The chemical durability of aluminosilicate glasses was investigated experimentally between 90 and 200°C. In order to evaluate their potential for containment of minor actinides, these glasses were doped with Nd (to simulate the presence of trivalent actinides) or U. The proportions of the glass network formers, Si and Al, were near those found in basaltic glasses (tholeitic end members). The differences between the chemical compositions allow the clarification of the influence of glass network modifier elements on the chemical durability of silica glasses. More precisely, we tested the ability of Ti, Zr, Nd and N to potentially improve the chemical durability.
Two types of leach tests were conducted:
Dynamic leach tests to determine the initial dissolution rates at 90, 150 and 200°C and the activation energy (Ea) of the glass dissolution reaction;
Static leach tests at high SA/V (200 cm−1) and 90°C to determine the long-term alteration rates and the apparent silica solubility.
For all the glass compositions tested, the initial dissolution rates at nearly neutral or weakly basic pH are similar at the same temperature. Consequently all aluminosilicate glasses have the same activation energy, 60 kJ/mol. This suggests that the initial hydrolysis mechanism is controlled by the breakdown of Si-O and/or Al—O bonds, whatever the nature of glass network modifier elements.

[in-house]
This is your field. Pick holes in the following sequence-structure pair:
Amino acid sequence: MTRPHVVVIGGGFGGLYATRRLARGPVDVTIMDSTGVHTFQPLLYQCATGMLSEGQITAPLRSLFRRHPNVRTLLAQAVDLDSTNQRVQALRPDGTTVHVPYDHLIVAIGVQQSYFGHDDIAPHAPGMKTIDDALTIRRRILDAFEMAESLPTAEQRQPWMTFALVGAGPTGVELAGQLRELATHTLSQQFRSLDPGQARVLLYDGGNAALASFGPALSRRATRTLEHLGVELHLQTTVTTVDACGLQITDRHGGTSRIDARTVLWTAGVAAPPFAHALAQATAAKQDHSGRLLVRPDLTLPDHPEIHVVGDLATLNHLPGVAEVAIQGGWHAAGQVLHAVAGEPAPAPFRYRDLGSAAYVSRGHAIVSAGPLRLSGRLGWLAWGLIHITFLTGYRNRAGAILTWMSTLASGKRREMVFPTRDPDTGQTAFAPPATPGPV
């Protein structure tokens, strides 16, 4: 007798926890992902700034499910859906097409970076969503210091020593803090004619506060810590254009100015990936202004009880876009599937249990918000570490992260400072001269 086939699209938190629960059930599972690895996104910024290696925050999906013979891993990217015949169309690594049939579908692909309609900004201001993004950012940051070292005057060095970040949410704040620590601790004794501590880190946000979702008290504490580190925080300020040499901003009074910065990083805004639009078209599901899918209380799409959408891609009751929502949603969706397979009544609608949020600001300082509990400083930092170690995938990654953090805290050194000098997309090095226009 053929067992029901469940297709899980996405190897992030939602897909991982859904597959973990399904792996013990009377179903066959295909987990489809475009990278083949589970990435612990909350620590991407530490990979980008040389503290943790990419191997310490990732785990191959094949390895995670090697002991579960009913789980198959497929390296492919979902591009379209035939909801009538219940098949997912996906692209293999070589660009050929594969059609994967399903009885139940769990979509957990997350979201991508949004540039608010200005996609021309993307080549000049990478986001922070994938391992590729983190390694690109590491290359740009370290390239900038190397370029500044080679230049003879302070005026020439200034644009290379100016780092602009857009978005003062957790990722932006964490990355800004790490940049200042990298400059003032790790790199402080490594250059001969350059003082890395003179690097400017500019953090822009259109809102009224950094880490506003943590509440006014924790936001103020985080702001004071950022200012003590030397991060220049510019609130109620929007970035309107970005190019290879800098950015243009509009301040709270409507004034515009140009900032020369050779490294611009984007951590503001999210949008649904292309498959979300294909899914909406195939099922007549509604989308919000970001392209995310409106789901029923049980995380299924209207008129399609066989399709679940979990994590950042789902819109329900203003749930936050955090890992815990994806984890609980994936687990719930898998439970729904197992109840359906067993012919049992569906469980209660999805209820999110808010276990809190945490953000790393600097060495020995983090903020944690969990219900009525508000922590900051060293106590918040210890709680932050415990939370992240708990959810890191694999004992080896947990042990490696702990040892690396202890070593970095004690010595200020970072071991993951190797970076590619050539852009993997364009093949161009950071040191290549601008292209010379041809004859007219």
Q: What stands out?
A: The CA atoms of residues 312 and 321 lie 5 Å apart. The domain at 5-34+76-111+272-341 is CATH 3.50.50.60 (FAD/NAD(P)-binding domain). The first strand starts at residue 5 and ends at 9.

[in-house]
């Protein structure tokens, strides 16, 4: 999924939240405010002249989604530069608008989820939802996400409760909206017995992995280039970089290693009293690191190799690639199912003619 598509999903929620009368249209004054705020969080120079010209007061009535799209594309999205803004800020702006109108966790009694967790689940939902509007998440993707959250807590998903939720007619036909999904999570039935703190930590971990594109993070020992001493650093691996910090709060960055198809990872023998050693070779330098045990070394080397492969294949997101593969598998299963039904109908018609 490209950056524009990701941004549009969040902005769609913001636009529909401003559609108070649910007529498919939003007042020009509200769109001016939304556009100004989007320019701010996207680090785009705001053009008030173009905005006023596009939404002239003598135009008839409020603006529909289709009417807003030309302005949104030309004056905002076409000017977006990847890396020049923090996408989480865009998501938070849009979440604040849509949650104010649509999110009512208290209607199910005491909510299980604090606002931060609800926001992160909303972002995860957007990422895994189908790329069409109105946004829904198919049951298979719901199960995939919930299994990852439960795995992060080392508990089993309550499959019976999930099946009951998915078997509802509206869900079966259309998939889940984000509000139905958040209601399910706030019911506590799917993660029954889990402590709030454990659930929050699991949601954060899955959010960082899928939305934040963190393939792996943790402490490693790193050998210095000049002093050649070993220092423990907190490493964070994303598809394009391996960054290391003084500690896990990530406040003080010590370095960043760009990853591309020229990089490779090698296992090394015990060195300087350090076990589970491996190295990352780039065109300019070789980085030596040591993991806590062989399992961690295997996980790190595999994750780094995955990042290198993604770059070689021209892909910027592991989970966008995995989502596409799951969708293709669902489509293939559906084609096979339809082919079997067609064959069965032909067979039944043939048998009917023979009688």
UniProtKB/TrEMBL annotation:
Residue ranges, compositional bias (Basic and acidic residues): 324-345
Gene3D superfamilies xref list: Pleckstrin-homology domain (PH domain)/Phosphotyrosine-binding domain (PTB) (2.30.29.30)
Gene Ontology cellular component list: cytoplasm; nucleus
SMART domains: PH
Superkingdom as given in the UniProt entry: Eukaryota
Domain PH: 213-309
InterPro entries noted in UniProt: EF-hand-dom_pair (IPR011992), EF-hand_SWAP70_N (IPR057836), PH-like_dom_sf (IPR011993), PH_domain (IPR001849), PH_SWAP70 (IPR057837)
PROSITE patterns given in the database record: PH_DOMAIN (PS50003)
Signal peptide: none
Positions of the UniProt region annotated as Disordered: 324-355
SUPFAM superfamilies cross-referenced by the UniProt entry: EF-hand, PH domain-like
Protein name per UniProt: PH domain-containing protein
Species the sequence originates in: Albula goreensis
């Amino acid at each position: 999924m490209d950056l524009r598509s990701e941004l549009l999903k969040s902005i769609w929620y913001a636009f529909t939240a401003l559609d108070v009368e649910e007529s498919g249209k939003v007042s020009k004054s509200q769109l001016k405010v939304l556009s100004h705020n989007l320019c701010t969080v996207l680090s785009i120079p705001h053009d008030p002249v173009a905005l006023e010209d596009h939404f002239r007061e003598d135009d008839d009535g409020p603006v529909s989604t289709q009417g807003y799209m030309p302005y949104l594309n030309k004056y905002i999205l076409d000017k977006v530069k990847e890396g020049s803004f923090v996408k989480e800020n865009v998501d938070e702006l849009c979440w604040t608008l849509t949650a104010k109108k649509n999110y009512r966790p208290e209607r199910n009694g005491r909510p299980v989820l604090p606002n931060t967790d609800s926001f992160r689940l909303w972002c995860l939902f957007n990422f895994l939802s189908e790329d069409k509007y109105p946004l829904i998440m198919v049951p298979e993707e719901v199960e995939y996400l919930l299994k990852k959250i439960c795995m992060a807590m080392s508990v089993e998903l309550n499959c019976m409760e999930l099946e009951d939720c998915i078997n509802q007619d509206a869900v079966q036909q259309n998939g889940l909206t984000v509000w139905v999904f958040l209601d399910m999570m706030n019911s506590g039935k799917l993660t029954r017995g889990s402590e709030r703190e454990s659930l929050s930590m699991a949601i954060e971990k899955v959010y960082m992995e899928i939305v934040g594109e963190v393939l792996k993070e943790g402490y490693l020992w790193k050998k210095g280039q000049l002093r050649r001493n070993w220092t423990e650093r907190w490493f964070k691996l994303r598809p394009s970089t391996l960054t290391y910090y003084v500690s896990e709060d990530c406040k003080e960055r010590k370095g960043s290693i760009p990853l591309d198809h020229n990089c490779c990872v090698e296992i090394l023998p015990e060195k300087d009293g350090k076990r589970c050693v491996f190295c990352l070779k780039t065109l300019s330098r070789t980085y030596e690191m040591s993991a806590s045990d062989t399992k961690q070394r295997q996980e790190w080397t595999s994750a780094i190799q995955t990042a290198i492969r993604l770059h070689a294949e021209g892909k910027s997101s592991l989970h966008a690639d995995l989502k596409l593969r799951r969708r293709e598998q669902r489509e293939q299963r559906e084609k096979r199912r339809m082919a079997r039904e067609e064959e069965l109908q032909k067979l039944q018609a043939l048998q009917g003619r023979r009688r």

On the other hand, modifier elements have major effects on the formation of protective films at the glass surface. The nature of this protective film depends on the chemical composition of the glass. A phenomenon similar to metal passivation, has been observed on a glass highly enriched with Nd (53.8 oxide wt%) which may lead to alteration rates in undersaturated media up to two orders of magnitude lower than those observed for basaltic glasses. This “passivation” effect disappears when a sodium sulfate solution (a Nd complexing agent) is used as a leachant. Nitrogen does not improve the chemical durability of aluminosilicate glasses. Finally, all these glasses have the same low dissolution rate (10−4 g/m2/day) under saturated conditions.